Written By Jonathan Bell and Jason Berall
The corporate attribution doctrine concerns the attribution of the actions of a corporation’s directing mind to the corporation itself. On March 10, 2022, in Ernst & Young Inc. v. Aquino [Aquino], the Court of Appeal released what it described as a decision of first impression in which the Court considered the doctrine in the bankruptcy and insolvency context. In particular, the Court held that the fraudulent intent of a directing mind could be imputed to a bankrupt corporation for the purpose of voiding transfers at undervalue under section 96 of the Bankruptcy and Insolvency Act (BIA).
The debtor corporations were Bondfield Construction Company Limited and its affiliate Forma-Con Construction. The trustee and monitor of the debtors alleged that John Aquino, the directing mind of the debtors, carried out a false invoicing scheme through which he and his associates siphoned off tens of millions of dollars. The trustee and monitor sought various forms of declaratory relief, including under section 96 of the BIA.
Section 96 of the BIA permits trustees to seek a court order voiding a transfer by a debtor at undervalue. The criteria set out in the BIA include the following: the debtor was not dealing with the recipient at arm’s length; the transfer occurred within five years of the bankruptcy; and the debtor intended to defraud, defeat or delay a creditor. At issue in the appeal was whether Mr. Aquino’s fraudulent intent could be imputed to the debtor corporations.
The Supreme Court of Canada has articulated the following test to consider in applying the doctrine of corporate attribution:
To attribute the fraudulent acts of an employee to its corporate employer, two conditions must be met: (1) the wrongdoer must be the directing mind of the corporation; and (2) the wrongful actions of the directing mind must have been done within the scope of his or her authority; that is, his or her actions must be performed within the sector of corporate operation assigned to him. For the purposes of this analysis, an individual will cease to be a directing mind unless the action (1) was not totally in fraud of the corporation; and (2) was by design or result partly for the benefit of the corporation.
Even where those factors are satisfied, courts retain the discretion to refrain from applying the doctrine where, in the circumstances of the case, it would not be in the public interest to do so.
Canadian courts have considered the corporate attribution doctrine in the fields of criminal and civil liability. In those fields, courts have generally held that it is just to impose liability on the corporation where the corporation benefited from the directing mind’s conduct. Where the corporation did not benefit, there is generally no attribution.
In Aquino, the factors considered by the Court in deciding whether to impute Mr. Aquino’s conduct to the debtor corporations included the following:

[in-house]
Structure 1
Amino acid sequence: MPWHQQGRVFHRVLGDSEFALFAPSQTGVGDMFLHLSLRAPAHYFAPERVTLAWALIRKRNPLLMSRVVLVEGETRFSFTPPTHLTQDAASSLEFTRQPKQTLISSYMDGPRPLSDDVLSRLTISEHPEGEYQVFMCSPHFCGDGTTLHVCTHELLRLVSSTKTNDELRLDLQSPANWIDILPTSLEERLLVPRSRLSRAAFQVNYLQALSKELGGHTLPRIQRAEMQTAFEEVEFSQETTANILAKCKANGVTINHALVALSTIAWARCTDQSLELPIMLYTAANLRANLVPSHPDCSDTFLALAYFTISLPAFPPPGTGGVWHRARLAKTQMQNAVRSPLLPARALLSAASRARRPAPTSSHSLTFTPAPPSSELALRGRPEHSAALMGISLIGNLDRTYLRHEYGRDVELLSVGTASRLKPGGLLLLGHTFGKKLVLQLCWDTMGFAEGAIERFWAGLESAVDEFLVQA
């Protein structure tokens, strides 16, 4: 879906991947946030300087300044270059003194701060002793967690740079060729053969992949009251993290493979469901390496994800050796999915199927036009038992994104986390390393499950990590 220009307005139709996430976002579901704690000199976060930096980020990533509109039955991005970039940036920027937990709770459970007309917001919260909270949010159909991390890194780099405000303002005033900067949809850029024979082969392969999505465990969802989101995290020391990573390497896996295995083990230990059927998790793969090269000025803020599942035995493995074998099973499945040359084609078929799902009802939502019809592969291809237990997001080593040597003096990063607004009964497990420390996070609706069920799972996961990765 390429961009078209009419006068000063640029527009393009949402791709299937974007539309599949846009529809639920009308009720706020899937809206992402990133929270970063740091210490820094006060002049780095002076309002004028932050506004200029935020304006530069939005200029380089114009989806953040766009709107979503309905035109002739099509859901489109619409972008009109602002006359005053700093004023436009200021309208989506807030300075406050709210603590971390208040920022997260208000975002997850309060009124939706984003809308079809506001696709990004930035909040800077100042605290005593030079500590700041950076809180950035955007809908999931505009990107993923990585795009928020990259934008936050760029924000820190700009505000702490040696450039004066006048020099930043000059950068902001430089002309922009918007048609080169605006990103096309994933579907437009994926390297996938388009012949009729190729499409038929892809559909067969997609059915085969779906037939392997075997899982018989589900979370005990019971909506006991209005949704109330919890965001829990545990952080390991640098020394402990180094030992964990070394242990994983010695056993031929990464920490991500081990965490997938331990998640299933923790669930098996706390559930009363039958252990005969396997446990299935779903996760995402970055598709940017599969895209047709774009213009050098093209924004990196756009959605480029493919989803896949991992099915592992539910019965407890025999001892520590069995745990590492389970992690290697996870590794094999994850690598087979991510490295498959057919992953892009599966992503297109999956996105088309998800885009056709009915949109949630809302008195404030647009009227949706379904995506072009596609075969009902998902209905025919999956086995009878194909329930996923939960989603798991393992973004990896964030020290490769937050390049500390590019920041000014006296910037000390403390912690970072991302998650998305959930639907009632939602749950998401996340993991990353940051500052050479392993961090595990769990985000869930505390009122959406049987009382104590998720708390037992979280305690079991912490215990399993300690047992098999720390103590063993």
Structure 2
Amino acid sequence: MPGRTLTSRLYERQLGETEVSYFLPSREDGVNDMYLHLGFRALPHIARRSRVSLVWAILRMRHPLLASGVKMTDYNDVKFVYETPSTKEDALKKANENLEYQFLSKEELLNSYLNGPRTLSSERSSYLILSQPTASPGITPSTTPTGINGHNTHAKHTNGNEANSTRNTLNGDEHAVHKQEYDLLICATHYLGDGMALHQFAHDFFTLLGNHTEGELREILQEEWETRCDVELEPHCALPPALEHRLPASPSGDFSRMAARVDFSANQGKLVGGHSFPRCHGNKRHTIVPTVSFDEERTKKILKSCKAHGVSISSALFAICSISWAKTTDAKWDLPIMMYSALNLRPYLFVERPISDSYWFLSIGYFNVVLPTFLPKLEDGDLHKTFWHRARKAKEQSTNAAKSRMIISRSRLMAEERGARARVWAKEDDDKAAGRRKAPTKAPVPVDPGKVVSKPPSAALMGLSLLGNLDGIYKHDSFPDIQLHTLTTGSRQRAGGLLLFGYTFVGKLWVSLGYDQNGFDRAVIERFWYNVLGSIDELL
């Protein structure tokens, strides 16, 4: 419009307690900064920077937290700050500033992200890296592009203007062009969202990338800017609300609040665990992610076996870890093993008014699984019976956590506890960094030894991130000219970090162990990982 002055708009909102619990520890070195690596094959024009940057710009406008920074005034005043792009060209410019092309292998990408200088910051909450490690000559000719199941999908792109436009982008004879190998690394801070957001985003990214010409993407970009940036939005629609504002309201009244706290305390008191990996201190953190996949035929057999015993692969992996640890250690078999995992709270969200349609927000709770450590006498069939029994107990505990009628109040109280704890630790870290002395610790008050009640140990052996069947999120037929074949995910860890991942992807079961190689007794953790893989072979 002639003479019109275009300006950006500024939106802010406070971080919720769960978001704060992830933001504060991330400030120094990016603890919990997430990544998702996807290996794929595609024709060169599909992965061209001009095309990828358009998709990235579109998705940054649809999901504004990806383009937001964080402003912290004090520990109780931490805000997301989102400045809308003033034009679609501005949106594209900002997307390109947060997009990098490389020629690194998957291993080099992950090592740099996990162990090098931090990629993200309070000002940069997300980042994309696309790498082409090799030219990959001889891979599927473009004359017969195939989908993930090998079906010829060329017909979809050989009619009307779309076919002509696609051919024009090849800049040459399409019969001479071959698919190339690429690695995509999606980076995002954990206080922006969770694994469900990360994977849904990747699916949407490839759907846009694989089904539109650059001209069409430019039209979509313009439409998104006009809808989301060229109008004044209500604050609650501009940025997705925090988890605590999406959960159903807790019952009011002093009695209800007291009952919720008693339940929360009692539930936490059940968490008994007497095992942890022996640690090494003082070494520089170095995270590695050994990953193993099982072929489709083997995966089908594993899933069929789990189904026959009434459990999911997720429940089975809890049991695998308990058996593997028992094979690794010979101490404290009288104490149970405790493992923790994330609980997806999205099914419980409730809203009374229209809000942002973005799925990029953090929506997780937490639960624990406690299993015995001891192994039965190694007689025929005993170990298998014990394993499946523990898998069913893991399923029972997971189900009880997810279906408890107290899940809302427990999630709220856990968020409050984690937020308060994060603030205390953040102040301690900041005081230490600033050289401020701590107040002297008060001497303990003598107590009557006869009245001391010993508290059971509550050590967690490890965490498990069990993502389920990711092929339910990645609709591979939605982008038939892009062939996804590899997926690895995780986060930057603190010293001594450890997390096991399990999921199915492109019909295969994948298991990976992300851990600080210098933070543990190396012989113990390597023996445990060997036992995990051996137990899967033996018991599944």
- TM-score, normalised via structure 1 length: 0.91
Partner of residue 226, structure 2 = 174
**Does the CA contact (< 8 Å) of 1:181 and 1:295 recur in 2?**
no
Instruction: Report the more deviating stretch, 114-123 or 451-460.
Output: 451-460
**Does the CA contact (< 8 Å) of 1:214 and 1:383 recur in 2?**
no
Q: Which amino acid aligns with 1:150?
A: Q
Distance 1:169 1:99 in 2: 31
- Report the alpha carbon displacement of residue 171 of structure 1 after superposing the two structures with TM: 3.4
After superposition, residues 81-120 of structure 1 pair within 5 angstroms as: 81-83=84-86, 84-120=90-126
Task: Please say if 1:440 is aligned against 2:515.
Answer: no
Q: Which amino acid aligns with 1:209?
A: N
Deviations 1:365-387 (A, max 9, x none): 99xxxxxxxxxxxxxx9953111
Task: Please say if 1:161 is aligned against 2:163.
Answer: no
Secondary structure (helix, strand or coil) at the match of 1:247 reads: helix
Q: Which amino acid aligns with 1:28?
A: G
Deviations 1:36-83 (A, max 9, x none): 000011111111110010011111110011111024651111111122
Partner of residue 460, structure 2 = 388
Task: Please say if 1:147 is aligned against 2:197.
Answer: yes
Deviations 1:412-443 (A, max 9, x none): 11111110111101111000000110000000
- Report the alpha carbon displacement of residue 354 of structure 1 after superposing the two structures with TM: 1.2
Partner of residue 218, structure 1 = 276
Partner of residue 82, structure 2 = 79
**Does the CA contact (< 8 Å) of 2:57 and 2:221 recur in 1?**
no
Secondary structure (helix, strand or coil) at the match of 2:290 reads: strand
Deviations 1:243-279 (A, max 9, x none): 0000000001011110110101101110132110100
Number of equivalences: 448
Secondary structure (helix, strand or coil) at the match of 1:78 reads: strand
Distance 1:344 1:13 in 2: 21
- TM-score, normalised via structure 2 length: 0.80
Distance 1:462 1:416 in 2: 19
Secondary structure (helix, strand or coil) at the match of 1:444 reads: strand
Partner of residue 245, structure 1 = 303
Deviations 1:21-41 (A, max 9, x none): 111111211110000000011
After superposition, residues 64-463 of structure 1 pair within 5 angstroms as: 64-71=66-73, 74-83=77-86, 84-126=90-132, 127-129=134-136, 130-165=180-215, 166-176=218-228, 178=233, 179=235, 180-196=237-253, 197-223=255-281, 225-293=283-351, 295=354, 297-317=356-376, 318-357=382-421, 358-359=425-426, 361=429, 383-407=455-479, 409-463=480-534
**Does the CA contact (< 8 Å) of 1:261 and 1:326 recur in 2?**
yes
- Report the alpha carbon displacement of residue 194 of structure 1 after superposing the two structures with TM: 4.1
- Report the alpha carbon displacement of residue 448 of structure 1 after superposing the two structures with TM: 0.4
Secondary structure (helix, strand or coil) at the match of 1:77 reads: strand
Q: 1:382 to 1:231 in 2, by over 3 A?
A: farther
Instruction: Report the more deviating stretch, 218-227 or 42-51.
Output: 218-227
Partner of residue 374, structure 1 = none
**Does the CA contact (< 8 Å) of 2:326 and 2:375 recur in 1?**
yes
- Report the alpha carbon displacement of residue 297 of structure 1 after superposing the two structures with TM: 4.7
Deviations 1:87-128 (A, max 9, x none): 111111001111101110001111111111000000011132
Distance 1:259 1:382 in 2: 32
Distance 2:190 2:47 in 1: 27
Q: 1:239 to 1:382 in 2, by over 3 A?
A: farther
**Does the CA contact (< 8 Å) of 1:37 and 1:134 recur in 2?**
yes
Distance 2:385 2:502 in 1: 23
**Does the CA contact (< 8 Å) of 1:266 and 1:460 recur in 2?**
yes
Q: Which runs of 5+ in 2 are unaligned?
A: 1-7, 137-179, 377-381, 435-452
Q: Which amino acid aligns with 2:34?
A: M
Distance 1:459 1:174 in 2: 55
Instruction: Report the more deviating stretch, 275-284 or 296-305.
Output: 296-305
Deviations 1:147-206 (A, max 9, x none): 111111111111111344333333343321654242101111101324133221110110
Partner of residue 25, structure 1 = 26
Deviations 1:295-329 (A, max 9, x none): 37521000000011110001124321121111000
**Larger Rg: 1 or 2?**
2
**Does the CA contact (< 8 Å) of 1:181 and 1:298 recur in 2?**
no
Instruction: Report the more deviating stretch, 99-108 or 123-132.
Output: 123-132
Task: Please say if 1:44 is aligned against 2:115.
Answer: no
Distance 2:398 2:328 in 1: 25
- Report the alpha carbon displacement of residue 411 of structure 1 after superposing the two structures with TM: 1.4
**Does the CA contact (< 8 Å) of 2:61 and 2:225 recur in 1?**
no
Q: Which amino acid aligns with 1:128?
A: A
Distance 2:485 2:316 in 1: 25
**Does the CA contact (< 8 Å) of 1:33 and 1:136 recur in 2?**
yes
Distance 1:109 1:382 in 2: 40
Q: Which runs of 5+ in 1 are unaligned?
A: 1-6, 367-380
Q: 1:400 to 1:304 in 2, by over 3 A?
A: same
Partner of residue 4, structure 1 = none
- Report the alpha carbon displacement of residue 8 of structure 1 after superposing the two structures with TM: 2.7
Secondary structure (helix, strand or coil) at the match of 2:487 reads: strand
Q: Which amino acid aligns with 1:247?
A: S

- “[T]he court is sensitive to the context established by the field of law in which an imputation of intent to a corporation is sought to be made.”
- “The policy factors that weigh in favour of imputing to a corporation the wrongdoing intent of its directing mind flow from the ‘social purpose’ of holding the corporation responsible.”
- The policy considerations are different in the bankruptcy field: “attributing the intent of a company’s directing mind to the company itself can hardly be said to unjustly prejudice the company in the bankruptcy context, when the company is no longer anything more than a bundle of assets to be liquidated with the proceeds distributed to creditors. An approach that would favour the interests of fraudsters over those of creditors seems counterintuitive and should not be quickly adopted.”
In light of those considerations, the Court reframed the test for attributing the intent of the directing mind to a debtor corporation in the bankruptcy context as follows: “who should bear responsibility for the fraudulent acts of a company’s directing mind that are done within the scope of his or her authority—the fraudsters or the creditors?”
The Court ultimately found that the way to avoid Mr. Aquino benefitting at the expense of creditors would be to impute his intent to the debtor corporations. While this approach appears to be at odds with the historical approach to corporate attribution since the debtor corporations did not benefit from Mr. Aquino’s fraudulent scheme, the Court found that this approach achieved the social purpose of providing proper redress to creditors in this context.
If you require assistance in respect of issues relating to corporate attribution or related matters, please contact a member of the Bennett Jones Litigation Group.